Crimson Tide calls on Alabama to help with flood relief efforts: ‘Football rivalries take a back seat to helping others’

It's our time to give back. Please donate and help those trying to recover from the historic floods in South Louisiana. #RollTide

A video posted by Crimson Tide Football (@crimsontide_fb) on

(WGNO) – The University of Alabama remembers the devastation and destruction left behind after deadly tornadoes struck Tuscaloosa five years ago. They also remember those who came together. Now the school’s basketball and football teams are calling on Alabama residents to help with flood reliefs efforts in Louisiana.

“So many people came to the aid of the Tuscaloosa community following the tornado, we wanted to try and do something to give back to those who have lost so much in Louisiana. I’m very proud of our players and our organization for wanting to step up and help,” said head coach Nick Saban, who also coached at LSU from 2000-05.

Three drop-off locations have been set up for Alabama residents to help this weekend and early next week.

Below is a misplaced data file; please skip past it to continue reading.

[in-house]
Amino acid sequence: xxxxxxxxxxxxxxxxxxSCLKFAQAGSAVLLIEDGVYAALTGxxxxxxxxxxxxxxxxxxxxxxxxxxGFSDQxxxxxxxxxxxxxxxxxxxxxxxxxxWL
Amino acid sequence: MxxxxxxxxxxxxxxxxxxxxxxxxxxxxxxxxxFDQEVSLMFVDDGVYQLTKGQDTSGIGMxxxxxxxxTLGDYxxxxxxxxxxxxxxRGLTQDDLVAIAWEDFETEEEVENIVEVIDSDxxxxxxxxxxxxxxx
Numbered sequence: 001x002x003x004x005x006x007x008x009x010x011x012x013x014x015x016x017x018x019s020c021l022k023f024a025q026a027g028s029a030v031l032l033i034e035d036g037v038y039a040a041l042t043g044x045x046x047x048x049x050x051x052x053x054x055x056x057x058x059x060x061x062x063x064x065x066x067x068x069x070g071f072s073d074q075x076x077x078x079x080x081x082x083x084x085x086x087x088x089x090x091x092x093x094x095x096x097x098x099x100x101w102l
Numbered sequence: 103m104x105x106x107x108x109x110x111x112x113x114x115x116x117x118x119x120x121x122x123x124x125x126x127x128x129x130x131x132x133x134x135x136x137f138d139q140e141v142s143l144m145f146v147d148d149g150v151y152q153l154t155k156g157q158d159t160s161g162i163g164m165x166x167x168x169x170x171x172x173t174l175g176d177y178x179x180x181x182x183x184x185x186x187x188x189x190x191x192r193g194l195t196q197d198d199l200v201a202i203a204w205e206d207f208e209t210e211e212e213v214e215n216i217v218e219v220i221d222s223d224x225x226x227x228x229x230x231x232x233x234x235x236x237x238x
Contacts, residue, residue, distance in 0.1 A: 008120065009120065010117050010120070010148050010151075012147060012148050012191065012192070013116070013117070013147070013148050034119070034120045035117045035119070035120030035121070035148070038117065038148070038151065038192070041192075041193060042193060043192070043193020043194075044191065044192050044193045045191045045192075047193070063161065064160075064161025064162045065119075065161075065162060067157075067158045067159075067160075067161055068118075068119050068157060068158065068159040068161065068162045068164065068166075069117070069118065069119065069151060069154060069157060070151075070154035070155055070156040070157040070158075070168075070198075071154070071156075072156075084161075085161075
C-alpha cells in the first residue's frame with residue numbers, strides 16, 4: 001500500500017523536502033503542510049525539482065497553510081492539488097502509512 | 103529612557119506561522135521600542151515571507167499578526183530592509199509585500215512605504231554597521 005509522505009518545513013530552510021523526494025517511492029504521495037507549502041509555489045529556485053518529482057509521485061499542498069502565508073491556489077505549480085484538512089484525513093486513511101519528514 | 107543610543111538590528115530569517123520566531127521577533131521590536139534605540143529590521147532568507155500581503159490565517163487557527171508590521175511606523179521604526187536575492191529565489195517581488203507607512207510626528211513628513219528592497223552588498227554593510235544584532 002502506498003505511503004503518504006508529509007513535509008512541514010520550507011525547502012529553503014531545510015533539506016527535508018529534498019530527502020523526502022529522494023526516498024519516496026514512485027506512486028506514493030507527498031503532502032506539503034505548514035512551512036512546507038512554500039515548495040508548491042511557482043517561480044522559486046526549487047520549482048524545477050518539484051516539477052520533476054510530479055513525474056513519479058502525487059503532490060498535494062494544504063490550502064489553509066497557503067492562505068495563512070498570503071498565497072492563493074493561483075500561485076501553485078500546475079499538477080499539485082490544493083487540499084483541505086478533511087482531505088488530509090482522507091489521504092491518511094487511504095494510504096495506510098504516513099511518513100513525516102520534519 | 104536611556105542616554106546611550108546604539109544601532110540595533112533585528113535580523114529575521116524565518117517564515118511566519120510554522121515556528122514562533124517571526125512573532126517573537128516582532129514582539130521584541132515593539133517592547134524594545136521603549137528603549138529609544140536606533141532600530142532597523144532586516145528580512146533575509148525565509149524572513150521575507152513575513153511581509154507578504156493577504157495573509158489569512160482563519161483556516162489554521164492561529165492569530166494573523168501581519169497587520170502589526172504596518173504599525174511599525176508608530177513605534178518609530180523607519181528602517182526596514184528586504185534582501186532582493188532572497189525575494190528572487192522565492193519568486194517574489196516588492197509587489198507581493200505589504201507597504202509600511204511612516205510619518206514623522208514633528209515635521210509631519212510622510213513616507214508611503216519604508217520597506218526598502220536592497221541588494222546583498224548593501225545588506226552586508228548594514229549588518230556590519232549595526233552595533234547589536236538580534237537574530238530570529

Supplies can be taken to the following locations:

  • Tuscaloosa Government Plaza, Saturday (7-11 a.m.) at Scott Cochran’s “Yeah, Yeah, Yeah 5K.”
  • Tuscaloosa Amphitheater, Saturday evening
  • Home Depot in Tuscaloosa, Aug. 21-23 (11 a.m. until 6 p.m.)

Yesterday, Alabama basketball coach Avery Johnson and his team loaded up a semi-truck full of supplies and sent it to Southern University.

“My heart goes out to all the residents of the Baton Rouge area that have been impacted by this devastating flood,” Johnson said. “I wanted to figure out an immediate way to help support the recovery efforts. In talking with Interim AD and men’s basketball coach Roman Banks, I decided I wanted to load up an 18-wheeler with as many supplies as we could possibly fit on it and get it to Baton Rouge from Tuscaloosa immediately.”

In a video posted to the Crimson Tide’s Instagram account, several football players from Louisiana told their stories of the flooding. Linebacker Tim Williams said, his mother had to move to higher ground and cornerback Shyheim Carter said his family home now has 4 feet of water in it.

“Football rivalries take a back seat to helping others,” said wide receiver Cam Sims.

The Red Cross says the flood is now the worst natural disaster to strike the United States since Hurricane Sandy. The agency estimates clean up and relief efforts could cost at least $30 million.